EDINBURGH, Scotland, Aug. 24 (Daniel J. Graeber) — Though refineries are struggling to keep up with demand growth, analysis from consultant group Wood Mackenzie finds a surplus of gasoline emerging by 2017.
“In 2020 we start to see a glut of gasoline supply developing, in excess of 30 million tons, which doesn’t go away for a decade,” Jonathan Leitch, a director for oil product markets research at Wood Mackenzie, said in a statement.
Wood Mackenzie, which has headquarters in Scotland, finds those companies operating in the downstream energy sector are struggling to meet global demand for fuel products. Compared with the exploration and production side of the industry, which is depressed because of weakened economics, the analysis finds refiners are benefiting from lower crude oil prices, unplanned outages and the slow start to new facilities.
In its survey of 745 refineries, Wood Mackenzie finds if the downstream sector remains at the status quo, those markets dynamics will heavily favor the supply side and continue to do so for “several years.”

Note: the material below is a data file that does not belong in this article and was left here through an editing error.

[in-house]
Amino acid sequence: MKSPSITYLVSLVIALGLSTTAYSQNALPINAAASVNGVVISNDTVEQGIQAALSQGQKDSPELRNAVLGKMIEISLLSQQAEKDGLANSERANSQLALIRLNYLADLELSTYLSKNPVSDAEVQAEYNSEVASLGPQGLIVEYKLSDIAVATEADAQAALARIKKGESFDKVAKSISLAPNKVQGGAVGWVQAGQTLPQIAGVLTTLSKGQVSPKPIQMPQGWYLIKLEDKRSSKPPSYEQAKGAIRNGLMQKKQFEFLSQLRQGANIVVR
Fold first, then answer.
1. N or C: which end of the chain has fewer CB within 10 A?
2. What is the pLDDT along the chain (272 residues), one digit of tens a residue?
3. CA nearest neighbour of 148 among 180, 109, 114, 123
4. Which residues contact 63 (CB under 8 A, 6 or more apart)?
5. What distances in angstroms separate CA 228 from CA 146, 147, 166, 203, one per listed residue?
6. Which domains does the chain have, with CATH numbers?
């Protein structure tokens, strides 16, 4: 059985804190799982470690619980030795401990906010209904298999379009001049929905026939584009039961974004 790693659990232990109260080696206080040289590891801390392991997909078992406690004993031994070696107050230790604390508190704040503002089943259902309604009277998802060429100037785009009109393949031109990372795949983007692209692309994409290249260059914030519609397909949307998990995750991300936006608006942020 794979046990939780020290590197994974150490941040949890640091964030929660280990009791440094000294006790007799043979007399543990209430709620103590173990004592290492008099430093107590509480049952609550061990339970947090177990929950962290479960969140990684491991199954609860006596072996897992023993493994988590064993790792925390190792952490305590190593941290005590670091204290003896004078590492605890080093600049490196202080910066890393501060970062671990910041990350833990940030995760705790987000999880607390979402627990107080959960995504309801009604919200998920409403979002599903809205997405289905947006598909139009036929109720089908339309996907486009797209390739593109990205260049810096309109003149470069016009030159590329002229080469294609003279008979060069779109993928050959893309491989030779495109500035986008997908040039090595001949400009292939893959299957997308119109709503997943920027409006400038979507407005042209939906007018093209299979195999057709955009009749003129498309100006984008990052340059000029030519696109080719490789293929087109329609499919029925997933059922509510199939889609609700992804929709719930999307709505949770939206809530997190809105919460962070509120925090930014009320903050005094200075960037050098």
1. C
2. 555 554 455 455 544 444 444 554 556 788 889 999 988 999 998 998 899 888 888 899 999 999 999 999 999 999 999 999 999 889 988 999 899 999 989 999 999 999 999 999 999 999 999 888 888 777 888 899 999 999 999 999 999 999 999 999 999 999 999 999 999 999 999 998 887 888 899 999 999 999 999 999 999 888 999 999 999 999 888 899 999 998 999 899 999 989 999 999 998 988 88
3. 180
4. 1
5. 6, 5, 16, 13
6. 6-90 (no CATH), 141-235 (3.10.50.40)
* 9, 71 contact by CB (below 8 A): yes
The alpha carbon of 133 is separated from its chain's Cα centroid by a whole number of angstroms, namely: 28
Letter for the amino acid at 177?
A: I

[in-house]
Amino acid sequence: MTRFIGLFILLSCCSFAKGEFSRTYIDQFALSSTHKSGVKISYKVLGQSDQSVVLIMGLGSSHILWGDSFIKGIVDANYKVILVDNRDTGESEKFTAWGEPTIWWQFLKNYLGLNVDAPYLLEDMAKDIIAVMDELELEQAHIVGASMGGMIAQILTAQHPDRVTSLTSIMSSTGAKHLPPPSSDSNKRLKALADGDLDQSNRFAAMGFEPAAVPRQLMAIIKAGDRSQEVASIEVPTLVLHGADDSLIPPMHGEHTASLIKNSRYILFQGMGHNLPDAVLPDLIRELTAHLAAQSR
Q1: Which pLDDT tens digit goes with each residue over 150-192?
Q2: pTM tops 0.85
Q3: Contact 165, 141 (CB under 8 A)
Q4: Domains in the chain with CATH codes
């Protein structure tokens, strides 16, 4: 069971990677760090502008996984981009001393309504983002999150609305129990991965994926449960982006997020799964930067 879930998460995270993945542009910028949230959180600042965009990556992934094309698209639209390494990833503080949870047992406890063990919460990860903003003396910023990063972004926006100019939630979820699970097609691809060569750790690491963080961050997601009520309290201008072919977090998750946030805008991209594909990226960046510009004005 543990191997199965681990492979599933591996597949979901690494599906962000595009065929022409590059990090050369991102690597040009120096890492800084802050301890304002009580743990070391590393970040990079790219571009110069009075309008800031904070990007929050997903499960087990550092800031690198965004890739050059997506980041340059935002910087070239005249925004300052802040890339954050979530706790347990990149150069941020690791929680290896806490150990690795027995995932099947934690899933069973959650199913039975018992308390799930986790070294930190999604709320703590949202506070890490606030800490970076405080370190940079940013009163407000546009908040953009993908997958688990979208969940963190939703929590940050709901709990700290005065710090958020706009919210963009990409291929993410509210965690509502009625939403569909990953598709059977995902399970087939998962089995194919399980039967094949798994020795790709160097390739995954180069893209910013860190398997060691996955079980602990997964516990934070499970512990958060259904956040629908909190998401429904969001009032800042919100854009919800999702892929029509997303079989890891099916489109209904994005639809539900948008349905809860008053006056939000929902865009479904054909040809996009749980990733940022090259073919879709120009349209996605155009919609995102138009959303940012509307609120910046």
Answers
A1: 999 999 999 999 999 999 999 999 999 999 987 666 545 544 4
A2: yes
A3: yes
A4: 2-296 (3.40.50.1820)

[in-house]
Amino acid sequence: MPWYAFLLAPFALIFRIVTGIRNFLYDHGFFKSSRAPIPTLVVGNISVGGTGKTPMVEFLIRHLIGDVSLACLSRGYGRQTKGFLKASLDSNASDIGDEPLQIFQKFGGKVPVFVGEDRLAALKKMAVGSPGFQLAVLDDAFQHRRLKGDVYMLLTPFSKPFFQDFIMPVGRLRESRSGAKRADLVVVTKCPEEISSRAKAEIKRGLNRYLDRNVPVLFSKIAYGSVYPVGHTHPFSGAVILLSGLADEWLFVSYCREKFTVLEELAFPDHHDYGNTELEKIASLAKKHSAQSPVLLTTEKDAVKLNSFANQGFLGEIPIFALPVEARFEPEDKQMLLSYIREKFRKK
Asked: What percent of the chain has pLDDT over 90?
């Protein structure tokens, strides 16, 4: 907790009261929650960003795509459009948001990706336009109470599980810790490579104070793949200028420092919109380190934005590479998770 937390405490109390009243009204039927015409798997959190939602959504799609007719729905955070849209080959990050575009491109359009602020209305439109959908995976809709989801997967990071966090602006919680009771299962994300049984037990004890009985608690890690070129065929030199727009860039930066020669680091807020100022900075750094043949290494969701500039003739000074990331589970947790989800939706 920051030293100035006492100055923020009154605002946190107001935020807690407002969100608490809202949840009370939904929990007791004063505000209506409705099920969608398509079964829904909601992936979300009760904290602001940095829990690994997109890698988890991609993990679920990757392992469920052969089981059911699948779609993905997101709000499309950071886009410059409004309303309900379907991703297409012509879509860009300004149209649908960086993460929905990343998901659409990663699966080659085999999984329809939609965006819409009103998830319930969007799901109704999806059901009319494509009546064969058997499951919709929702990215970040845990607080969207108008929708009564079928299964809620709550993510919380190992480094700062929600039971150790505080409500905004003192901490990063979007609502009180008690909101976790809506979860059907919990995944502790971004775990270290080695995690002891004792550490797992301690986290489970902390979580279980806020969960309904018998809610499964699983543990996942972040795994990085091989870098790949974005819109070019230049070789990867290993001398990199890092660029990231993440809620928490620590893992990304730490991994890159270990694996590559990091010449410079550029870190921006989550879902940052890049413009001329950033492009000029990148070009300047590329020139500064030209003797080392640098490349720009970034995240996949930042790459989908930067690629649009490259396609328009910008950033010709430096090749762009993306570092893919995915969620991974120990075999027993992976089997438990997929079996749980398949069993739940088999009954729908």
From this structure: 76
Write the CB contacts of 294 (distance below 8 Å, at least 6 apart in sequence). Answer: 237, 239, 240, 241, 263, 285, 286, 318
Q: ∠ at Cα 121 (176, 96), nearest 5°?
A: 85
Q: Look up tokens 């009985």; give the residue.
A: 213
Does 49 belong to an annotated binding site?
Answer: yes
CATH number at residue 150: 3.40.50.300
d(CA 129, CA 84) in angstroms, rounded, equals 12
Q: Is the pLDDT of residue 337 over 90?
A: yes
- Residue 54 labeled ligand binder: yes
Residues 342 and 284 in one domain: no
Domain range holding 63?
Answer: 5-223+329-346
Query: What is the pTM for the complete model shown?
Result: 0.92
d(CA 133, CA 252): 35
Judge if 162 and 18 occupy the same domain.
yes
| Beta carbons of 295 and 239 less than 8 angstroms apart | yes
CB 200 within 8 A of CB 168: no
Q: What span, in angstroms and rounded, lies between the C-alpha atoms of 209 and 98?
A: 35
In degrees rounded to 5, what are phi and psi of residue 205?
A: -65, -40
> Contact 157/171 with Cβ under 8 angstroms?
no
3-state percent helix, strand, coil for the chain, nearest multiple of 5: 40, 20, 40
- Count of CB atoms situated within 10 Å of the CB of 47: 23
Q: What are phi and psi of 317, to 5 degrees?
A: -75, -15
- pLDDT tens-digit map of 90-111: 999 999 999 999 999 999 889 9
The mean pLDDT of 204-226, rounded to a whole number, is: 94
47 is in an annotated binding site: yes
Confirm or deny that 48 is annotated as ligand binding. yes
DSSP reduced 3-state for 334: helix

The analysis finds some demand returning globally, but it will be uneven. Latin America, Africa and some Asian economies see growth emerging at the same time as it fades from developed Asia, Europe and North America.
“Refiners will continue to invest in refining operations to meet global demand and increasing stringent product specifications to comply with environmental legislation, which could see an additional 5.5 mb/d in net refining capacity by 2020,” Leitch said. “This would put significant pressure on Europe and Asia for further capacity consolidation and the U.S. refining sector could also start to suffer, particularly in areas without access to export markets.”